Thursday, April 18, 2024

Remote Controlled Corona Protection Bell

The World Health Organization (WHO) recommends that everyone should rub their hands with soap for at least 20 seconds before washing with water to prevent transmission of the novel Corona virus, which is again on rise, in addition to social distancing. The 20-second period can be checked with wristwatches and the stopwatches on mobile phones, but these are not convenient to use while washing hands. This proposed circuit rings a buzzer for 20 seconds and switches on an LED for audio as well as visual indication (for those with hearing issues).

The author’s prototype is shown in Fig. 1.

Fig. 1: Author’s prototype on a breadboard
Fig. 1: Author’s prototype on a breadboard

The circuit for this alarm, shown in Fig. 2, comprises a 9V battery, 5V voltage regulator LM7805 (IC1), timer NE555 (IC2), relay driver ULN2003 (IC3), 5V SPDT relay (RL1), and a few other components. Resistor R2 and capacitor C2 decide the time of monostable, which is around 20 seconds here. This output time period of IC2 at its pin 3 (monostable multivibrator built around NE555) can be calculated using following relationship:

Fig. 2: Circuit diagram of the alarm
Fig. 2: Circuit diagram of the alarm


where R=R2=18k and C=C2= 1000µF.

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So, time (T) is equal (=1.1×18k ×1000µF) to around 20 seconds.

The infrared receiver TSOP1738 generates an active-low output. When the remote is targeted at TSOP1738 and any key is pressed, input pin 1 of ULN2003 relay driver gets activated and drives the relay. As a result, IC2 produces 20-second output for switching on LED1 as well as the buzzer.

A series of TSOP17XX receivers is available with divergent carrier frequencies for use in television sets, DVD players, etc, to receive the signals from their remote controls. TSOP1738 is a commonly used infrared receiver; it has a PIN diode, preamplifier, and internal filter for the PCM frequency. The carrier frequency of TSOP1738 is 38kHz. An image of TSOP1738 is shown in Fig. 3.

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Fig. 3: Image of TSOP1738
Fig. 3: Image of TSOP1738

Relay driver ULN2003 (IC3) is used here to drive 5V relay RL1. Pin diagram of ULN2003 is shown in Fig. 4.

Fig. 4: Pin diagram of ULN2003
Fig. 4: Pin diagram of ULN2003

Working of the circuit is simple. The remote may be fixed or kept near the wash basin. Whenever anyone goes to wash hands, the remote may be used to switch on the LED and the buzzer for 20 seconds, so the person can rub hands with soap till the LED glows and the buzzer sounds. After that the person may wash the hands with water.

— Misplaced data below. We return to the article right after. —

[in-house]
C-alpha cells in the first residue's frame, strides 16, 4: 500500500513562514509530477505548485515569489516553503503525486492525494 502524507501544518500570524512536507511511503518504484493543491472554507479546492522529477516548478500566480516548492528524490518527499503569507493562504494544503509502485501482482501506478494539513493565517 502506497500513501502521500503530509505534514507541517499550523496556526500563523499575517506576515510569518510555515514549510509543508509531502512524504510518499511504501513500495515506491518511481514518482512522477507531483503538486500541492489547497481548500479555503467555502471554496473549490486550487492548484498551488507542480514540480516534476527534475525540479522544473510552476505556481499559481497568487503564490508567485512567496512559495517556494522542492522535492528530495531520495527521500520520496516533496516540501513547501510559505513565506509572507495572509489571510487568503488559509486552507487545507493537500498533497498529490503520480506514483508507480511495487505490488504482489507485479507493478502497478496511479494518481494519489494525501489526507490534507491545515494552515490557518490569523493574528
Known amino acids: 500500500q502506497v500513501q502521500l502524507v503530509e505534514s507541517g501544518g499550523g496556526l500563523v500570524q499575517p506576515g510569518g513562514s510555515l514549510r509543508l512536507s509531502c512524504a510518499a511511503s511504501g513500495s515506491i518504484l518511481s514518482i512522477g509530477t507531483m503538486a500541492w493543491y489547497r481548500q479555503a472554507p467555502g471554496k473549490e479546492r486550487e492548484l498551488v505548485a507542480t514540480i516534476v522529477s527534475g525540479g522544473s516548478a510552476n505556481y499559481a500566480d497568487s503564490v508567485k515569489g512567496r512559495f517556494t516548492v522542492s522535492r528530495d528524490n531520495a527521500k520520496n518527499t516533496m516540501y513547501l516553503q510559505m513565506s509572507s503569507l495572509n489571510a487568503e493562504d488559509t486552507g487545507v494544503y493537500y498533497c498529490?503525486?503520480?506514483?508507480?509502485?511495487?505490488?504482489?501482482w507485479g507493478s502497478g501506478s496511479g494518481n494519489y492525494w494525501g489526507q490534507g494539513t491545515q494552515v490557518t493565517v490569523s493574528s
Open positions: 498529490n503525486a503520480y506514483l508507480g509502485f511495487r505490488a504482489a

Parts List
IC1 – LM7805, 5V voltage regulator
IC2 – NE555 timer
IC3 – ULN2003 relay driver
LED1 – 5mm LED
Resistors (all 1/4-watt, ±5% carbon):
R1 – 1-kilo-ohm
R2 – 18-kilo-ohm
R3 – 330-ohm
R4 – 15-kilo-ohm
C1 – 0.01μF ceramic disk
C2 – 1000μF, 25V electrolytic
C3 – 10µF, 25V electrolytic
CON1 – 2-pin connector
BZ1 – Buzzer
RL1 – 5V SPDT relay
– TSOP1738 sensor
– 9V battery/9V DC


An actual-size, single-side PCB layout for the circuit is shown in Fig. 5 and its component layout in Fig. 6. After assembling the circuit on PCB, enclose it in a suitable box.

Fig. 5: Actual-size PCB of the circuit
Fig. 5: Actual-size PCB of the circuit
Fig. 6: Component layout of the PCB
Fig. 6: Component layout of the PCB

Fix TSOP1738, LED1, and CON1 in front of box. Fit the 9V battery inside the box and the buzzer either inside or on back side of the box. Make a hole in front of TSOP178 in such a way that when you press remote its signal should fall on it.

Download PCB and Component Layout PDFs: click here

Rakesh Jain has master’s degree in VLSI and B.E. degree in Electronics and Communication. He currently works as Assistant professor in ECE Department in Geetanjali Institute of Technical Studies, Udaipur. His research areas are sensors and microcontrollers, and he has 23 copyrights and 3 Indian patents to his credit.


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